Since its launch, WADE has been a supporter of the Masdar initiative on energy sustainability in Abu Dhabi and of the World Future Energy Summit (WFES), which marked its third anniversary this January with an even more impressive gathering of energy leaders, thinkers and doers from 130 countries.
When one thinks of clean, efficient and renewable energy, the United Arab Emirates (UAE) is not the spot that immediately might come to mind. That is changing rapidly. The sun shines brightly on the UAE and, perhaps, that is why the new International Renewable Energy Agency (IRENA), decided to locate its global headquarters in Abu Dhabi. IRENA was founded around a year ago in Bonn and, in that short time period, has gained signatory support from 142 member states and the EU. IRENA will play a critical role in the global uptake of renewable energy solutions and removal of policy barriers that stand in the way.
While climate discussions may have stalled in Copenhagen, there is no shortage of ideas and dialogue on energy and environmental solutions in the UAE. Thus, we are witnessing what may be the birth of a new global capital – one built around clean and sustainable energy. Although this may seem incongruous with a land endowed with massive fossil fuel reserves and jammed with gas-guzzling vehicles, it makes it no less significant or exciting. The Masdar/WFES/IRENA triple threat holds great promise for an energy future that is not only brighter, but also cleaner and more secure.
WADE plans to continue supporting these efforts and also to launch a research programme later this year focused on the potential for decentralized energy throughout the Gulf Cooperation Council region. This research will make use of the WADE Economic Model to quantify the benefits in terms of carbon dioxide reduction. This study will be part of a collaborative effort and partnership with one of the top business schools in the world, INSEAD, based in France. Together, we hope to add more fuel to the fire of discussions about the future of sustainability in the Gulf region and beyond.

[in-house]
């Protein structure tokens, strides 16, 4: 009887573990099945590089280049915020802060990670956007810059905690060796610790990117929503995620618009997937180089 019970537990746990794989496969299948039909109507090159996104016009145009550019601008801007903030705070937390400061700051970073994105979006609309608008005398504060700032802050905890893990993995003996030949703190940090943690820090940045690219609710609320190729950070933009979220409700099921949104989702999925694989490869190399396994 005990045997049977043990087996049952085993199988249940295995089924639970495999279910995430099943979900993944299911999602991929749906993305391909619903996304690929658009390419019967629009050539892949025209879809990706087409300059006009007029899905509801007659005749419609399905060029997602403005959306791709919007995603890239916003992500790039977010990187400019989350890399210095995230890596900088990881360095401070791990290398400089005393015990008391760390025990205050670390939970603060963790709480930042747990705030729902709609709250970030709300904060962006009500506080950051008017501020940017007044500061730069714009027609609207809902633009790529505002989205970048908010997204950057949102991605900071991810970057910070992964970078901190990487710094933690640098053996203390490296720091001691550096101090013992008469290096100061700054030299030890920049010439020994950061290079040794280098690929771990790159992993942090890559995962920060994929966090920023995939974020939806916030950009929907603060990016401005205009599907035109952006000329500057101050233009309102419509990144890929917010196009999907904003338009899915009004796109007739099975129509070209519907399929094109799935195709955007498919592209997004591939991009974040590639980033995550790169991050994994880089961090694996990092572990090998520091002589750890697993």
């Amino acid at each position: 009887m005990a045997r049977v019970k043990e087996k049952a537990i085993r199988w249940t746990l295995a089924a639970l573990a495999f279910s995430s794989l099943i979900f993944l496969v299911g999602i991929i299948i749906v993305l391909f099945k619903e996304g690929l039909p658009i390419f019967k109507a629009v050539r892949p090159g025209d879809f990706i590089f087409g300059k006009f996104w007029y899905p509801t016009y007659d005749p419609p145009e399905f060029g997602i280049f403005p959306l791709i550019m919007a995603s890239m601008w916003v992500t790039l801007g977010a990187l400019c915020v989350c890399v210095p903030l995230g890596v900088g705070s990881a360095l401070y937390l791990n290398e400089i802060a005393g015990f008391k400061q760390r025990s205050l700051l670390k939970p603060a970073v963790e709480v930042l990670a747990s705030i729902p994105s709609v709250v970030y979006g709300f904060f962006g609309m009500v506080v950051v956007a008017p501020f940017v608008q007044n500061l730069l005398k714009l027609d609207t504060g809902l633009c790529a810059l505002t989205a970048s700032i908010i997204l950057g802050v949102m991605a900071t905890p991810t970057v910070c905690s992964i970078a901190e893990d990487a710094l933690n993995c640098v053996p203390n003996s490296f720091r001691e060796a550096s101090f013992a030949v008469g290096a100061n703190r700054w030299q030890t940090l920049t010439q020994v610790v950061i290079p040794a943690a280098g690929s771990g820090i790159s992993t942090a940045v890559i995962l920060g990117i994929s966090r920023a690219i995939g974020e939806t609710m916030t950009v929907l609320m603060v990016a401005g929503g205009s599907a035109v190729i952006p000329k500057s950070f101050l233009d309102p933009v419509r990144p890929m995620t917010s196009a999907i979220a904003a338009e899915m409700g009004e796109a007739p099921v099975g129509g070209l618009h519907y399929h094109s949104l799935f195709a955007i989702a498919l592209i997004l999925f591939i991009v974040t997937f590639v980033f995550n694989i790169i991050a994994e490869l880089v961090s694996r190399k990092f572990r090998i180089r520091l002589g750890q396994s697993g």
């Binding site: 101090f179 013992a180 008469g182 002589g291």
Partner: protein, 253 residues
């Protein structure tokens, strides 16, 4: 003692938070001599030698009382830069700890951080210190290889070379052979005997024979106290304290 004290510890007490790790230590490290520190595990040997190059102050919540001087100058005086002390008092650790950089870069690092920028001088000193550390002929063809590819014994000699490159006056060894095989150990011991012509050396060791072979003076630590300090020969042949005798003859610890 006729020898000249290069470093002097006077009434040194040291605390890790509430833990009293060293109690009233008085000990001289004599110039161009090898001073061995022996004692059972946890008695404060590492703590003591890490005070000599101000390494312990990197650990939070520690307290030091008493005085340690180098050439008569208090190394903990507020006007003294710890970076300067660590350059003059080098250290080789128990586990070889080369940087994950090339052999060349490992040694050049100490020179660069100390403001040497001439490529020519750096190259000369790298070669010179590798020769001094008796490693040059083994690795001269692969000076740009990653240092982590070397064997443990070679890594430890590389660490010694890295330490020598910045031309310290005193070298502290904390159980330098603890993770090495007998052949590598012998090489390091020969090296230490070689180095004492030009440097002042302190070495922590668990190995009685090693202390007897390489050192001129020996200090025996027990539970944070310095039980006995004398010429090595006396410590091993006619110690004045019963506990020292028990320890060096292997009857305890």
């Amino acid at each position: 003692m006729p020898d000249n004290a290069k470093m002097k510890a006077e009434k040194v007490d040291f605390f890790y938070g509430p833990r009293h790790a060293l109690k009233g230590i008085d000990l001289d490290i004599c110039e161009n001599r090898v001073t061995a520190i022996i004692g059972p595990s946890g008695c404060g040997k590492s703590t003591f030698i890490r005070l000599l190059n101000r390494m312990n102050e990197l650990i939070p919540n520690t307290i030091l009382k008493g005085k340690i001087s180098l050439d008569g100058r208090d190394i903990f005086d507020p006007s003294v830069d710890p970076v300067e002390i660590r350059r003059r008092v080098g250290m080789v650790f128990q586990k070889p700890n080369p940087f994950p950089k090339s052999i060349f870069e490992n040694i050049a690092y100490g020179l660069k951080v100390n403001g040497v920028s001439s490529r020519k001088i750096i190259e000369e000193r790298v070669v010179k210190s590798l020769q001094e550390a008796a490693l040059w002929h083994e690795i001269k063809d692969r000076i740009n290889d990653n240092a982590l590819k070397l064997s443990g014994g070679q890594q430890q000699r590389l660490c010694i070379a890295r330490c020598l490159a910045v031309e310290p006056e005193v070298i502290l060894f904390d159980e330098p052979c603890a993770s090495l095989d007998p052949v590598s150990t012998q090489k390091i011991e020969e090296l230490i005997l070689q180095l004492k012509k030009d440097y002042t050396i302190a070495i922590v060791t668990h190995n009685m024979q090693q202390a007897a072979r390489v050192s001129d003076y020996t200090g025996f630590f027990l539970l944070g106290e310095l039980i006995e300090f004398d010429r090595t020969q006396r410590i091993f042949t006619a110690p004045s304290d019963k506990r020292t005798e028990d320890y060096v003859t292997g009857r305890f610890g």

We now leave the UAE and head to Vancouver, British Columbia, the site of the XXI Olympic Winter Games. Just as the Beijing summer Olympics were marked by the sight of athletes arriving wearing face masks as protection from the polluted air, the Vancouver winter Olympics were noticeable for a different climate phenomenon – the lack of snow in a place that is usually awash with it during the winter months.
As one who endured record snowfalls in the Washington, DC region this winter, I would have happily donated our excess snow to Canada (so long as they came and shovelled it up from my driveway). Indeed, the more southern city of Washington, DC looked more like an Olympic venue than the actual Olympic venue. Unfortunately, even with this first-hand look at climate change, energy and environmental policy in Washington can still be described by the gold medal winning half pipe snowboard jump – a double McTwist. Partisan politics continue to twist and derail legislative efforts, although there are signs that new ideas on energy and climate may be percolating and partisan divides may be thawing. Let’s hope so, or else we may be watching beach volleyball in 2014 at the XXII Winter Olympics in Sochi.
David M Sweet